Tom Ellwood - British Army enduro motorbike rider

A British Army engineer has been finding success in an endurance sport with a difference, which can best be described as 'cross country on a motorbike'.

Lance Corporal Tom Ellwood, who's based with 22 Engineer Regiment in Tidworth, is among Britain's rising Enduro stars.

LCpl Ellwood, of the Royal Engineers, now has the backing of major sponsors, as well as being on the Army Elite Sport Programme, which will mentor his development.

"This support... will really push me to the next step... In the future I'd really like to be pushing for a podium in the British Enduro Championship."

Riding his MRS Sherco bike for a third year, he's also been selected for Britain's team to compete in the International Six Days Enduro (ISDE), which he describes as being "the pinnacle of enduro". He added:

"35 countries compete against each other and I was one of the three on the junior team... which was a real achievement."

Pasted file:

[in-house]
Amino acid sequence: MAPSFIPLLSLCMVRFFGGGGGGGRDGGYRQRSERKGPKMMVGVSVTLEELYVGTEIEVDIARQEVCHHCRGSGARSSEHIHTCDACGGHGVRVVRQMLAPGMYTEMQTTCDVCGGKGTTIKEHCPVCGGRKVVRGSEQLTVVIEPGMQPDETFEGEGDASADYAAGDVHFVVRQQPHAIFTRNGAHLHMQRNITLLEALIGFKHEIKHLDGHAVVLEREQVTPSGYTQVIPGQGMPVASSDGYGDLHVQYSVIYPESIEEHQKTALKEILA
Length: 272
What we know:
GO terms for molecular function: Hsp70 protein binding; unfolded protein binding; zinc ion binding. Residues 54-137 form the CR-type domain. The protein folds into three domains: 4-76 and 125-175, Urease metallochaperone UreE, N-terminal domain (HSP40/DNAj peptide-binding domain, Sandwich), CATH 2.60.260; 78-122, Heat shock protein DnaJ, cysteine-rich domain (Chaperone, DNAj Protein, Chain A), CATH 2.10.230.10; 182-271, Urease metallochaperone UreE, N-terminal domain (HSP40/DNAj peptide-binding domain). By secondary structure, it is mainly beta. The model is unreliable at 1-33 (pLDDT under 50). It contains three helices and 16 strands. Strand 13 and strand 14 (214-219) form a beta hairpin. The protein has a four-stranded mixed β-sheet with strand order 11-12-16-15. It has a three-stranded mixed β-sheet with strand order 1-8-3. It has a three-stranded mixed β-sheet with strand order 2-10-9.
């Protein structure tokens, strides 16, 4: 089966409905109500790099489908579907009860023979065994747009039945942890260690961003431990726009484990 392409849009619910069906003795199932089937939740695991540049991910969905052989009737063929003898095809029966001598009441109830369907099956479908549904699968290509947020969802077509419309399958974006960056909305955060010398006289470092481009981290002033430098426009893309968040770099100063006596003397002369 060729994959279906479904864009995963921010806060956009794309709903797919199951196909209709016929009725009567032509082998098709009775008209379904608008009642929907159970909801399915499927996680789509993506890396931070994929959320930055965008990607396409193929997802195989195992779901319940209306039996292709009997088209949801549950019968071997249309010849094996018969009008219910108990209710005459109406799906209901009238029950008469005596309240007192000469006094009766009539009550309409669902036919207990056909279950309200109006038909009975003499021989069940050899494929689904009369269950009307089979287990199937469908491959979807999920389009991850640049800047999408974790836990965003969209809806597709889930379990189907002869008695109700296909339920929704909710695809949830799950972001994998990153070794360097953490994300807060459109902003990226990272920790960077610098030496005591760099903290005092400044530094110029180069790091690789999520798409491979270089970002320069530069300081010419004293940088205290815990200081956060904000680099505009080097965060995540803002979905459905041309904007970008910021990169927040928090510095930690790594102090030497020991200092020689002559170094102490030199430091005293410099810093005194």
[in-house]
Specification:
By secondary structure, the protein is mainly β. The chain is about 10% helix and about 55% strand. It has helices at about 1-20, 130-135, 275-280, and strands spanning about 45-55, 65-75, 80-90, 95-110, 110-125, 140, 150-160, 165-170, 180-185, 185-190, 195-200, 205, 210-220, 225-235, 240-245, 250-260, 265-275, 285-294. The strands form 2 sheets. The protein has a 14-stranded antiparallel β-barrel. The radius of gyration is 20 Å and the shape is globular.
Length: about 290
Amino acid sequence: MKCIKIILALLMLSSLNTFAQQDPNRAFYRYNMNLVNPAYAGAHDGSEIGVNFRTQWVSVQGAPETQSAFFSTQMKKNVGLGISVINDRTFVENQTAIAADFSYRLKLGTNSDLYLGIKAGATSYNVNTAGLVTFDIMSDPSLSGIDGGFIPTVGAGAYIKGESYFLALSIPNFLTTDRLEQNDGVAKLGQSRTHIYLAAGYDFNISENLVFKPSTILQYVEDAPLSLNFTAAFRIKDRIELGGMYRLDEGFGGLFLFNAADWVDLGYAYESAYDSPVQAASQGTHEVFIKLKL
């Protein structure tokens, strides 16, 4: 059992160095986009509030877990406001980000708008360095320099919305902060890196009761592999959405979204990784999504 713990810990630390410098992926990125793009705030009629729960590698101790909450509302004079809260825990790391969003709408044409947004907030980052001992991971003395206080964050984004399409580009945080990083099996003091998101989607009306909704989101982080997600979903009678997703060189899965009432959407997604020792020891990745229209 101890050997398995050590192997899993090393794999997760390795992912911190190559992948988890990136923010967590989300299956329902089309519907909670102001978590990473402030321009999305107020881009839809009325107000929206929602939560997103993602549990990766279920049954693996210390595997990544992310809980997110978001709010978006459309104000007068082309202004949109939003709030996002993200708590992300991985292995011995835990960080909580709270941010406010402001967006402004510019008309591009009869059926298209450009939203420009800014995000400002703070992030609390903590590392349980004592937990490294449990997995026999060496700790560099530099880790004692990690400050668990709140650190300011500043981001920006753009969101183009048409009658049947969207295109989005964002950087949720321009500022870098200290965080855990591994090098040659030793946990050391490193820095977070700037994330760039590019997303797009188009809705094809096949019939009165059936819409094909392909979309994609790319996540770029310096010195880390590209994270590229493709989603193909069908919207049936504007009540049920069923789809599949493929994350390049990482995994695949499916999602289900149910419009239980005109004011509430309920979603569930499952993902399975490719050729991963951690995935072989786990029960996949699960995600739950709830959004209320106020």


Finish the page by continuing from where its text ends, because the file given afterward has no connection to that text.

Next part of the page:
Tom had a superb 2016, when he won virtually every race he entered.

This year he has been consolidating that position along with his soldiering duties, but says in 2018 he's looking to forge ahead:

"[I'm] really looking forward to getting '18 underway. I just feel like I'm in the right place now. Last year... [I] was a bit thrown into [things]... This year I feel ready."

Tom, who says he was six when he first began riding solo, did plenty of schoolboy motocross, but it was only after he joined the Army that he heard about Enduro.

The sport has its roots in the work of Army despatch riders, who would travel for miles across country to deliver vital messages.

Tom Ellwood - British Army enduro motorbike rider

Tom said: "Our laps can vary from anything from 30 miles to 100 miles a day, over a massive course, whether it be through mountains or rolling virgin terrain... It really does change - from rocks to grass, to tracks, to anything."

The Royal Engineers, Royal Electrical and Mechanical Engineers and other corps have teams in the sport and despite suffering a broken finger, Tom still won a couple of classes at the recent Army Championships.

And all his work on the bike is geared to scaling the heights in a sport that's keeping the traditions of Army motorcycling alive.

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